Last weekend, the New York Times reported that after 9/11, the CIA developed a "secret counterterrorism program" to train hit squads to kill top al-Qaida leaders. It seemed like good news to me. After all, why bankroll an intelligence agency if you can't use it to kill an enemy against whom America has declared war?
The news hooks: CIA director Leon Panetta killed the program last month after he told Senate and House Intelligence committees about the program.
And: Congress allegedly did not know about the nonoperational operation because, according to unnamed sources, former Veep Dick Cheney told the agency not to disclose the program to Congress.
The part of the story that undermined the story: The covert program "never became fully operational, involving planning and some training that took place off and on from 2001 until this year."
In plain English that means: Nothing happened -- there never were any Jason Bournes -- and no one informed the intelligence committees about it.
Subsequent stories elsewhere reported that the program never got off the ground. CIA Director George Tenet killed the program in 2004. Tenet's successor, Porter Goss, revived the program, but it never became operational, even when Michael Hayden, and later Panetta, took over as CIA chief.
Some unnamed sources say Cheney told the CIA not to tell Congress about the nonoperational operation; other sources claimed Cheney was not involved. Cheney isn't talking. My guess: If Cheney told the CIA to cork it, someone at the CIA's Langley headquarters would have leaked the whole story years ago. After all, the Bush years were replete with unnamed sources leaking classified intelligence on Iraq, wiretapping and efforts to squeeze al-Qaida's finances.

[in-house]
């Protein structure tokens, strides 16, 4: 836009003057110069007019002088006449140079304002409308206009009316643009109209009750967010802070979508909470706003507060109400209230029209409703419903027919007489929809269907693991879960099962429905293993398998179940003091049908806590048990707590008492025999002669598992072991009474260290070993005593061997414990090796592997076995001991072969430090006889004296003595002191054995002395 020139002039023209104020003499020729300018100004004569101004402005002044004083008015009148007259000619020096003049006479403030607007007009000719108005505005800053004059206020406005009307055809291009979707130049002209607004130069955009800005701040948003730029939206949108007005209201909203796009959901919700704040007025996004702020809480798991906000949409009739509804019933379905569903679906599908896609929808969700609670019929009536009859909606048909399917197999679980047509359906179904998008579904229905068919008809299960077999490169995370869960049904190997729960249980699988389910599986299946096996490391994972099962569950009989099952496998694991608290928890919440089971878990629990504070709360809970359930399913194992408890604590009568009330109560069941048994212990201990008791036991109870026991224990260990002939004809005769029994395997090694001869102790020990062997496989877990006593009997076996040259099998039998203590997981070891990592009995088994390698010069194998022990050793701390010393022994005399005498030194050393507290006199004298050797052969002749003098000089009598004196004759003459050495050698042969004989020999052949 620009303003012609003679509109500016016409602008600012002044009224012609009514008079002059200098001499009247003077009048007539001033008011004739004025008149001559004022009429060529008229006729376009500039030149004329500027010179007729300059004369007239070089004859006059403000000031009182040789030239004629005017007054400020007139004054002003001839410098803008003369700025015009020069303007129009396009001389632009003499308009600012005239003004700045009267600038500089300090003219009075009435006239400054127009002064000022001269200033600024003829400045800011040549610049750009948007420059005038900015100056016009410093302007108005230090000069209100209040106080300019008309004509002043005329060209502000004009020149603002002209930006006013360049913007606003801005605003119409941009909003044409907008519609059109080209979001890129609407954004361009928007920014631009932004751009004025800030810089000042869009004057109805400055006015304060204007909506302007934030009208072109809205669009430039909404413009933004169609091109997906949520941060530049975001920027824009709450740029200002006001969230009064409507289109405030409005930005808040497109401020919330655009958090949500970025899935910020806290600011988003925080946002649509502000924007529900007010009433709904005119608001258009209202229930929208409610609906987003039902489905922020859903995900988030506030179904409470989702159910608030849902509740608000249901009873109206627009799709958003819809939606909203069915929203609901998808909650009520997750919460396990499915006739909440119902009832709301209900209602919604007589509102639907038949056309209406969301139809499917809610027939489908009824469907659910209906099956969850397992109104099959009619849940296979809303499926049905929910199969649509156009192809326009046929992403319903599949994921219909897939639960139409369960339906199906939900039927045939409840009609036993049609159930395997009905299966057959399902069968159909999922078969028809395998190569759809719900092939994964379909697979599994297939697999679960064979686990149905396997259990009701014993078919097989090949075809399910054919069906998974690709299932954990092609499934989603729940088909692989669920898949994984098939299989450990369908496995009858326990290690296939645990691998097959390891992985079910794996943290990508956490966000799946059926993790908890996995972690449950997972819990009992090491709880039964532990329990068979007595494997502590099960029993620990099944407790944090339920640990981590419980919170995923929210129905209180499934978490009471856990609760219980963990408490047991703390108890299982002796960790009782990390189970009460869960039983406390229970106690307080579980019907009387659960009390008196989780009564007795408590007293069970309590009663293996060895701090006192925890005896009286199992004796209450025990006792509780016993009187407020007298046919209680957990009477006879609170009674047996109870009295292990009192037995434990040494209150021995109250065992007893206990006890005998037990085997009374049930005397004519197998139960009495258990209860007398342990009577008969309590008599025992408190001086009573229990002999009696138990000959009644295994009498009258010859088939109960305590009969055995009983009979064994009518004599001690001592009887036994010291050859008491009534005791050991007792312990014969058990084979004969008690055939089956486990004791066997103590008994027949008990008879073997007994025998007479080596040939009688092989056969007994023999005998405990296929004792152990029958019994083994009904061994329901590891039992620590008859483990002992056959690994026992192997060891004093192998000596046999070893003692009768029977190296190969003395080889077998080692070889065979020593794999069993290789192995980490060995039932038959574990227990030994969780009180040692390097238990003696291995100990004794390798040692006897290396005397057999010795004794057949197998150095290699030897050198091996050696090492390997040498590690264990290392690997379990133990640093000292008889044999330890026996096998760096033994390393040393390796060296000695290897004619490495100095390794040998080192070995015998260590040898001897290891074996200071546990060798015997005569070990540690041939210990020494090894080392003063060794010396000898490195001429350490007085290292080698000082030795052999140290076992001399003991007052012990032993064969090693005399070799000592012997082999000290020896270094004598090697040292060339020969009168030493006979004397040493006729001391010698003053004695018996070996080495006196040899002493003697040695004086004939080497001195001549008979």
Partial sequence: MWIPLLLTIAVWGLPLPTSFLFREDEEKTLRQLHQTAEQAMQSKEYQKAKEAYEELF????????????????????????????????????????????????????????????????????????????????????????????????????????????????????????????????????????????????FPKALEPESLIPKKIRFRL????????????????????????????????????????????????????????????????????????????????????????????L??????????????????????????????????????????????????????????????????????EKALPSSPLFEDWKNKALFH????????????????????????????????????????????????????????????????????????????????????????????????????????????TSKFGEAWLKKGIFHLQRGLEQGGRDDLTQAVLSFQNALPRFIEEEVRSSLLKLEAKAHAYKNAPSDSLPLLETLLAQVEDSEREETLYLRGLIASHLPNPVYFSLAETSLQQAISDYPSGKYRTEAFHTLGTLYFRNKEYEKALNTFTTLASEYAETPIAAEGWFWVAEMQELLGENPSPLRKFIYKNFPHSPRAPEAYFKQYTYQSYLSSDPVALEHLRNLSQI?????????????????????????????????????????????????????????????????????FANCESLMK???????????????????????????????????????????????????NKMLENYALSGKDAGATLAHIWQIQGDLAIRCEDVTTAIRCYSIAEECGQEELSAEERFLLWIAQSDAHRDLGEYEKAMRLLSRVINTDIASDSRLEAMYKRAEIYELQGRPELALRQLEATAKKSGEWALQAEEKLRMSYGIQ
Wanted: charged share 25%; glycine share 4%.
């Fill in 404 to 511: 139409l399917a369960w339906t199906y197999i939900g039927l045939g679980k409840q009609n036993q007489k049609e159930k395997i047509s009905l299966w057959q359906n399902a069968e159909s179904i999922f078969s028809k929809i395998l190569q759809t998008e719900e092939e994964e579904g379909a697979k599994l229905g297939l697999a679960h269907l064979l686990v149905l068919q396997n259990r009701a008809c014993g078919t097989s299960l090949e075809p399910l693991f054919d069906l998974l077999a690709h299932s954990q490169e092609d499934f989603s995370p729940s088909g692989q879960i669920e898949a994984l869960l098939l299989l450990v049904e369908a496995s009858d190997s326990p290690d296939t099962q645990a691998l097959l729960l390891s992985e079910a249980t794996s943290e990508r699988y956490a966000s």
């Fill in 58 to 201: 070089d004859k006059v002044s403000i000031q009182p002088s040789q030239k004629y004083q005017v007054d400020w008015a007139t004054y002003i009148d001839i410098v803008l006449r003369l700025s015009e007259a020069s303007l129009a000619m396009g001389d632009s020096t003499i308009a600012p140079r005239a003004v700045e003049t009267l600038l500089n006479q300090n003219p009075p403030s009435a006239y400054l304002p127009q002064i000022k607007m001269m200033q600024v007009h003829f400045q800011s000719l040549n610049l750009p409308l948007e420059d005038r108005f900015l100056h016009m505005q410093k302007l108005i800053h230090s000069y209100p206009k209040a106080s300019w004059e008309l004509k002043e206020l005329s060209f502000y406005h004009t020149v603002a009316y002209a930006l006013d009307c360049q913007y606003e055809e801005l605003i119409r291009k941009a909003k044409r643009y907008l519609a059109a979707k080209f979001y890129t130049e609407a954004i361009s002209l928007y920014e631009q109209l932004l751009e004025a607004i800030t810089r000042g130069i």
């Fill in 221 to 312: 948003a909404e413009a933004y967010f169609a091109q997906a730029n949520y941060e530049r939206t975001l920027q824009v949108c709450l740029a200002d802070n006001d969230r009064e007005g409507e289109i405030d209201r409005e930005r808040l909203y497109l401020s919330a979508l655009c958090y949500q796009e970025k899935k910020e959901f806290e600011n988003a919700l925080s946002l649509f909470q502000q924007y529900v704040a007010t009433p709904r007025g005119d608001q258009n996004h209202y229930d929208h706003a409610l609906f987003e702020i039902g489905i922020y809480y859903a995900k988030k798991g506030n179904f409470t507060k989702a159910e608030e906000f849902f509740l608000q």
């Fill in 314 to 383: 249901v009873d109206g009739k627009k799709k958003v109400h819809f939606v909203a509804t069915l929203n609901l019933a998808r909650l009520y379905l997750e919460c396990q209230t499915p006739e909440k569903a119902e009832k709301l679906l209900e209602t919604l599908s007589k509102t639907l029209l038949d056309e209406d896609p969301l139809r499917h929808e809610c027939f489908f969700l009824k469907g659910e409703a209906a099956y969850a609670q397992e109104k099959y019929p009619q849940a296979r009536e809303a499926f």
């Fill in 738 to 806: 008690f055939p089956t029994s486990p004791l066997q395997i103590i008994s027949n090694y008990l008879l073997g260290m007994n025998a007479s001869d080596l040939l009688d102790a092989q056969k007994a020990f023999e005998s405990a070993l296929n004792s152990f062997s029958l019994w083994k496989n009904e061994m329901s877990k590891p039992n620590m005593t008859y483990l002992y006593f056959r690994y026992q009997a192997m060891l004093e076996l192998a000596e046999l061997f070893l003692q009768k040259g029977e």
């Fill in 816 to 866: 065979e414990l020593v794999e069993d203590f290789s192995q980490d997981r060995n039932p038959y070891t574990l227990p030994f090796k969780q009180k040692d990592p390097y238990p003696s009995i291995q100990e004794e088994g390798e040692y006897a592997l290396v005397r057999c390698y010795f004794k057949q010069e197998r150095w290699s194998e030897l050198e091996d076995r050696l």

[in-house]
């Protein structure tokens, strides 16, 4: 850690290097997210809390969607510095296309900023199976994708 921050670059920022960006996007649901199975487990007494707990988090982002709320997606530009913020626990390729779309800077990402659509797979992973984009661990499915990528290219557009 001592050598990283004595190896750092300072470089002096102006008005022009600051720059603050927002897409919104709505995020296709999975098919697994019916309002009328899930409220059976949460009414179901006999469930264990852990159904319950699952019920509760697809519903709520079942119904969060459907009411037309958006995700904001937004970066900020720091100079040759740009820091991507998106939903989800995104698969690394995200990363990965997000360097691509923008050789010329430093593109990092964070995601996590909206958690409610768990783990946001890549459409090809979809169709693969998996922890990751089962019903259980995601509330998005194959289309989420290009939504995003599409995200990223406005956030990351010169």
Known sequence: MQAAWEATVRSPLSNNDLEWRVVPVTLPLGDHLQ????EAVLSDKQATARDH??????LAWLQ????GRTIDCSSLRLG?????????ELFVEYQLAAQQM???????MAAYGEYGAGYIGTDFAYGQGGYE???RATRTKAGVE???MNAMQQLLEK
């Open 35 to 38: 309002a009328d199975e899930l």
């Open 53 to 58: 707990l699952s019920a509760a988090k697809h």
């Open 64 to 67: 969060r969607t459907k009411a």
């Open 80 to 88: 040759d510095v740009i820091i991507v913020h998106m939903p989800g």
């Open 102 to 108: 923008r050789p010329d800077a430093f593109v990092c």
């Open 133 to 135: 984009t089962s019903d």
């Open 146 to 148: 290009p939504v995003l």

It turns out the New York Times reported "a list of terrorist leaders the Central Intelligence Agency is authorized to kill" on Dec. 15, 2002.Sen. Dick Durbin of Illinois, a Democrat, has argued there should be an investigation of the CIA's failure to disclose. He told ABC's "This Week," "To have a massive program that is concealed from the leaders in Congress is not only inappropriate, it could be illegal." But the National Security Act requires the CIA to "keep the congressional intelligence committees fully and currently informed of all covert actions" -- not necessarily brainstorming.
The Associated Press reported last week that the House Intelligence Committee is laying the groundwork for a formal investigation. If so, the committee might start by probing how it is that Intelligence Committee members didn't know about a plan that had been reported on the front page of the New York Times.
"The administration must notify Congressional leaders of any covert action finding signed by the president," the 2002 story reported. "In the case of the presidential finding authorizing the use of lethal force against members of al Qaeda, Congressional leaders have been notified as required, the officials said."
True, the New York Times did not stipulate that terrorists on the "secret list" might be dispatched by a bullet instead by a drone-launched missile. The story did mention that the CIA used a drone to kill an al-Qaida leader in Yemen.
One might recall that in 2002, even D.C. Democrats wanted to get Osama bin Laden and his lieutenants more than they wanted to get Dick Cheney.
No doubt, CIA brass in the end decided that the risks and diplomatic fallout of an agent getting caught -- either by the enemy or the press -- were too great.
Such are the sensibilities in Washington that, collateral damage notwithstanding, it is politically safer to bomb terrorists than to shoot them.
While Democrats demanding an investigation might have set out to mess with Cheney, the only clear casualty to date is one of their own: Panetta.
He rushed to disclose the nonoperational covert operation to Intelligence Committee members, and unnamed sources rewarded his candor by leaking the story. He shut down a program that, if never implemented, makes complete sense in time of war. Add it all together and Panetta got rolled.
The message to agency staff may be unintended, but it is clear: If there's anyone left at CIA headquarters who wants to defeat al-Qaida, that person would be well advised to hire a lawyer first. Or maybe a shrink.